Then there is Iran...no one has been more consistent on Iran than the President. Over the last five years, he has built a diplomatic coalition which has economically isolated Iran. Inflation could be running as high as 100% per year and the Iranian currency has easily lost half of its value. Oil revenue is drying up and middle class Iranians feel the pain and voted for a new president who built his campaign around the promise to restart the relationship with the West and get the sanctions reduced. The president's critics have repeatedly pooh-poohed and made snarky comments about how sanctions will never work and military force is the only thing the Iranians understand. (these are the same voices which said force could impose democracy and stability in Iraq and Afghanistan and want force used in Syria) Now the president of Iran says he wants to talk. For the first time in over 30 years, high level meetings took place between the U.S. and Iran, meetings which continue in Geneva in the month ahead and which were characterized by the British foreign secretary as "productive".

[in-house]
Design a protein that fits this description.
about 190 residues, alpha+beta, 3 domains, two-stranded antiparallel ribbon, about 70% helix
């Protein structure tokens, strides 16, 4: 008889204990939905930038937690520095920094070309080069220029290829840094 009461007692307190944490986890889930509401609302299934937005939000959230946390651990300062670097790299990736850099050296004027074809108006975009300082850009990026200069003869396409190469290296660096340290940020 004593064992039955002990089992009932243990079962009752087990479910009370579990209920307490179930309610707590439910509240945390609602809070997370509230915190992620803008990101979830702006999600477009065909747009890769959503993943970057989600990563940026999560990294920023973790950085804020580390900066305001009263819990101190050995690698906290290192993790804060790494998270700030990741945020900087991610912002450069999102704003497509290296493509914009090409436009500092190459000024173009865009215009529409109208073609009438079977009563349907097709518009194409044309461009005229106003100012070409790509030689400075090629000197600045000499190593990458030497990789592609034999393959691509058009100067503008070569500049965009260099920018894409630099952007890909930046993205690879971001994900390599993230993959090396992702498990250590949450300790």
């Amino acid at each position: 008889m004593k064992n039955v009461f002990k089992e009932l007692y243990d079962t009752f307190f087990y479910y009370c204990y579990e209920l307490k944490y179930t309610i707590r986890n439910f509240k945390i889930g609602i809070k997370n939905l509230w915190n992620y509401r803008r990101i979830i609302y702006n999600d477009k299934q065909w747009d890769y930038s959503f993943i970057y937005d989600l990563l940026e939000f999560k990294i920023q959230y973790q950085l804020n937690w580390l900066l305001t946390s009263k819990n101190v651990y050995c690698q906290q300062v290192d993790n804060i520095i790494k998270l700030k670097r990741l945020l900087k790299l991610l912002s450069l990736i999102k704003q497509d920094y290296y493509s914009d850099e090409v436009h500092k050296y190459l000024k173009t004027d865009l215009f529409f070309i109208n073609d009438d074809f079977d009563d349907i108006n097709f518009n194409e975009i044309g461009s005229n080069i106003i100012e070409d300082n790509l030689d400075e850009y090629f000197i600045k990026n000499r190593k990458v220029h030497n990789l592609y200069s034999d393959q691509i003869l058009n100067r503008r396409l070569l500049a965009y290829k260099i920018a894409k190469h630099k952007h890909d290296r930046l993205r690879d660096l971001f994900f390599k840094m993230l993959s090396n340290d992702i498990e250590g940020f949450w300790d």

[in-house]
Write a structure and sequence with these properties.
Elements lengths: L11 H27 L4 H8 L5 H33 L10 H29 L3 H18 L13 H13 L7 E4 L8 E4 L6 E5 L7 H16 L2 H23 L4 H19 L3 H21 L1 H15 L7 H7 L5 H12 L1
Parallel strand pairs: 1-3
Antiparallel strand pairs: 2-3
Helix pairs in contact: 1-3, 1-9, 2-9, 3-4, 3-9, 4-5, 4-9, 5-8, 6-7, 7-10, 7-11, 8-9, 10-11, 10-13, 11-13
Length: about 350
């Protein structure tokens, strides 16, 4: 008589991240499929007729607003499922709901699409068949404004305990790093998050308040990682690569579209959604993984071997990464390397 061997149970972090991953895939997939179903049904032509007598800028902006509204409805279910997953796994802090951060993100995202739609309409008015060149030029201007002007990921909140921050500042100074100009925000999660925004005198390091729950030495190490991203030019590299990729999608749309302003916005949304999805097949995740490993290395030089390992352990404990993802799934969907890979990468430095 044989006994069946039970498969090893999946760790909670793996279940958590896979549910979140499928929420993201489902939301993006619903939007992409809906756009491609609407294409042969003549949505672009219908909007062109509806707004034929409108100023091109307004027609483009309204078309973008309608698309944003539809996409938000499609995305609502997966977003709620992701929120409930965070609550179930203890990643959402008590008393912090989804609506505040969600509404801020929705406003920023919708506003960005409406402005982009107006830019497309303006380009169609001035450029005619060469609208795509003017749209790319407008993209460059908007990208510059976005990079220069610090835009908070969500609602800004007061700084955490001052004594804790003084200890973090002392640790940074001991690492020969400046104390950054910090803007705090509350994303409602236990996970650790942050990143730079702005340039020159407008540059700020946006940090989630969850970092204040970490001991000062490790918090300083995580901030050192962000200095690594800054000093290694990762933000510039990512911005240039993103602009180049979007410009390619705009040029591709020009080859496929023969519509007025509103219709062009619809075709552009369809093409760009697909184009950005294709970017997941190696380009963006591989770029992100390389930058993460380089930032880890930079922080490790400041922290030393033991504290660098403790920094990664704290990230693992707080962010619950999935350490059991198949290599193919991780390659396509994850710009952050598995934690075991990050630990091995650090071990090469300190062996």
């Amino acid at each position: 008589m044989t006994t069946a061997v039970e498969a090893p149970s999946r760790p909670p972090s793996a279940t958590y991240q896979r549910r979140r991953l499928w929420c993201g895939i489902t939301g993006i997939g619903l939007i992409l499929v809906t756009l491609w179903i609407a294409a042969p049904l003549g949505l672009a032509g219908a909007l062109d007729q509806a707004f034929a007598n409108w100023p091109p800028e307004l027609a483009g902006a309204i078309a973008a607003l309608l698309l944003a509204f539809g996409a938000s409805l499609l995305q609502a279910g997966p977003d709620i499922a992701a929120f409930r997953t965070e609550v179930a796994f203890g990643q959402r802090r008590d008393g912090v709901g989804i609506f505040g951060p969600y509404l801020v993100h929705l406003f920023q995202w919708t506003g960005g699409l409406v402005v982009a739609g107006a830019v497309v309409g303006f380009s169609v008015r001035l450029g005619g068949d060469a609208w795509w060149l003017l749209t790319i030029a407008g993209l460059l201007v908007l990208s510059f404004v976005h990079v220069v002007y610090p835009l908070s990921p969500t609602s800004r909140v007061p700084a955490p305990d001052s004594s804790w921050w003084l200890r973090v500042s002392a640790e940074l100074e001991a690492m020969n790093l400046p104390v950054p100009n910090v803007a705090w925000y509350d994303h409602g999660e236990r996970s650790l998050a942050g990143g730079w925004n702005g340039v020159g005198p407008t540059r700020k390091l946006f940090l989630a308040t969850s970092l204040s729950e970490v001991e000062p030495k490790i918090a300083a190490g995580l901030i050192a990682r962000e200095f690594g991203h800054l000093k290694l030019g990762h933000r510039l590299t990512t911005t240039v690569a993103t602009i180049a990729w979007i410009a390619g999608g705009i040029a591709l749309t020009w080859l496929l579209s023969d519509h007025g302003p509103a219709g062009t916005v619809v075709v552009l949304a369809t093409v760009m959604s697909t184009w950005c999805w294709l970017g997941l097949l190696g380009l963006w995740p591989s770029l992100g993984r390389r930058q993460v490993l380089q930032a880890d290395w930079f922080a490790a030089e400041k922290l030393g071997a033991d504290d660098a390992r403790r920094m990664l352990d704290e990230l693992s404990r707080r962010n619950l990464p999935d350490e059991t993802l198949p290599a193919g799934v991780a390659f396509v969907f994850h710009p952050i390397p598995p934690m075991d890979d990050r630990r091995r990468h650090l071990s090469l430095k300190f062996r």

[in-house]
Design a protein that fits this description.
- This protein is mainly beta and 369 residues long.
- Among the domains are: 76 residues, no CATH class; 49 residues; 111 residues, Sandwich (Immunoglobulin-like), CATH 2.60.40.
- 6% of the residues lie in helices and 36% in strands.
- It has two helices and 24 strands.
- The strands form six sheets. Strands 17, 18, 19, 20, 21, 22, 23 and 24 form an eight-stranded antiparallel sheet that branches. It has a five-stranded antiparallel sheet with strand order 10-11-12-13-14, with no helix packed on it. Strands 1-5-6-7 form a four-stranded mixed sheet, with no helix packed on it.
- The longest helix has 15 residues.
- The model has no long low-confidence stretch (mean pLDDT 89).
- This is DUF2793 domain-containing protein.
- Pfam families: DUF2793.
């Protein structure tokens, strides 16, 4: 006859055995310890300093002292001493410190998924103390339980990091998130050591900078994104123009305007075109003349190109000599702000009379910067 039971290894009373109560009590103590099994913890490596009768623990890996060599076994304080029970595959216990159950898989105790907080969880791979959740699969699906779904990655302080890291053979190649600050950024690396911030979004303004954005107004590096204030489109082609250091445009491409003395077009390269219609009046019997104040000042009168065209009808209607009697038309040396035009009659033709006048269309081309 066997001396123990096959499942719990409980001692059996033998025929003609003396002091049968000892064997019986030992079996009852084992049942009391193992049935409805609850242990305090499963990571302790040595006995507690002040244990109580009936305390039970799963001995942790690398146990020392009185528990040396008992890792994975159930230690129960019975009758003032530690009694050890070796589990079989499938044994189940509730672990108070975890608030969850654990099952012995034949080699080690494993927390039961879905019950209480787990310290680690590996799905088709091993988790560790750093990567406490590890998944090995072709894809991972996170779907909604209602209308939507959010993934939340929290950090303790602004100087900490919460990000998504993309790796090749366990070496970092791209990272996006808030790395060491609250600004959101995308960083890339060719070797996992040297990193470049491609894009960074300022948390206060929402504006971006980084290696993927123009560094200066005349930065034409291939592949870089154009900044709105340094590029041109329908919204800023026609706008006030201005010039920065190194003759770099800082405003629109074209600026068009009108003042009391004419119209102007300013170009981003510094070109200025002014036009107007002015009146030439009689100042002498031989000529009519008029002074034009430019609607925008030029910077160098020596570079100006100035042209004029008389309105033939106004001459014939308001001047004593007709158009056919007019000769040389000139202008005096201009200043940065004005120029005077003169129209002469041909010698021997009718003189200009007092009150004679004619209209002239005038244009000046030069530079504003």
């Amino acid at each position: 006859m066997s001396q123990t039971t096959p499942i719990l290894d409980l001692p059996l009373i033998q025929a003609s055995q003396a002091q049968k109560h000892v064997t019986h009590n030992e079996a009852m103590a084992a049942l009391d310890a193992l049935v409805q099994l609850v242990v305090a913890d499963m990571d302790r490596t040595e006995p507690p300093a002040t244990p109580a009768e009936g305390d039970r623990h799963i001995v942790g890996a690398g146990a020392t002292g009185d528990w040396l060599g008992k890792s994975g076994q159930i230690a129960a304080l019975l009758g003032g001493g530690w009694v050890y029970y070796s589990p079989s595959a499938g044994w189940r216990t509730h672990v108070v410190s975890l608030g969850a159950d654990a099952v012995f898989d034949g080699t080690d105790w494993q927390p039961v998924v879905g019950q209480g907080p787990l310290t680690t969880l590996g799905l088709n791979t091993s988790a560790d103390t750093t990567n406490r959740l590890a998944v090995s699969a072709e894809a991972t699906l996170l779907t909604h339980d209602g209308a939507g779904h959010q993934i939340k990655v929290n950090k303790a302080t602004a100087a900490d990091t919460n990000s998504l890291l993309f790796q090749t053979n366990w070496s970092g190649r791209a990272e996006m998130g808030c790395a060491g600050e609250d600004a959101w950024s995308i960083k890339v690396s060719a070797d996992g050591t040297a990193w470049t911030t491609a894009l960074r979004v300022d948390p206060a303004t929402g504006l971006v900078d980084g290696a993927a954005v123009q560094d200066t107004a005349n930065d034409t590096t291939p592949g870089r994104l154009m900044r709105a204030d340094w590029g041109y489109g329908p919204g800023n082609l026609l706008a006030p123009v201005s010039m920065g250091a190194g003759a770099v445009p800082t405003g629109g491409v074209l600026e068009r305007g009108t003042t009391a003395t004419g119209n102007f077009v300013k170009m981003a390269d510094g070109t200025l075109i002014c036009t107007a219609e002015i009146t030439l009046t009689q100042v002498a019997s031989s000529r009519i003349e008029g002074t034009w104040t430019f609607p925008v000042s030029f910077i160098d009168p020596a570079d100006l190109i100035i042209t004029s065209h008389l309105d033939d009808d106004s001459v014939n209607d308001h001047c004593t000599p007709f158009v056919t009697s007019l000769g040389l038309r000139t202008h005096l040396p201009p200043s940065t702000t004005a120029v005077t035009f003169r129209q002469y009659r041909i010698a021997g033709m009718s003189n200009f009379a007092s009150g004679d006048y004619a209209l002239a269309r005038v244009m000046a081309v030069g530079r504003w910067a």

There are still more questions than answers diplomatically. Are Iran and Syria just stalling for time? Will Iran use these talks to allow them to further develop a nuclear weapon? Is Russia willing to support the use of force in Syria? Will the U.N. need Russia's support to act? Can the governments in Libya and Egypt be stabilized? Can the Syrian civil war be prevented from engulfing Lebanon, Jordan and Israel? Can the U.S. pressure Israel to engage in serious peace talks with the Palestinians? However, without firing a shot, Obama could see the end of chemical weapons in Syria...a deal to gain more transparency and progress on nuclear disarmament talks with Iran...a more stable Egypt...talks between Israel and the Palestinians...and in Asia, a possible return of U.S. naval forces to the key base at Subic Bay in the Philippines part of a diplomatic shift towards the Pacific the president has been touting.
Even if it is all because of dumb luck, it isn't a bad record of possibilities and accomplishments and it is said I'd rather be lucky than good.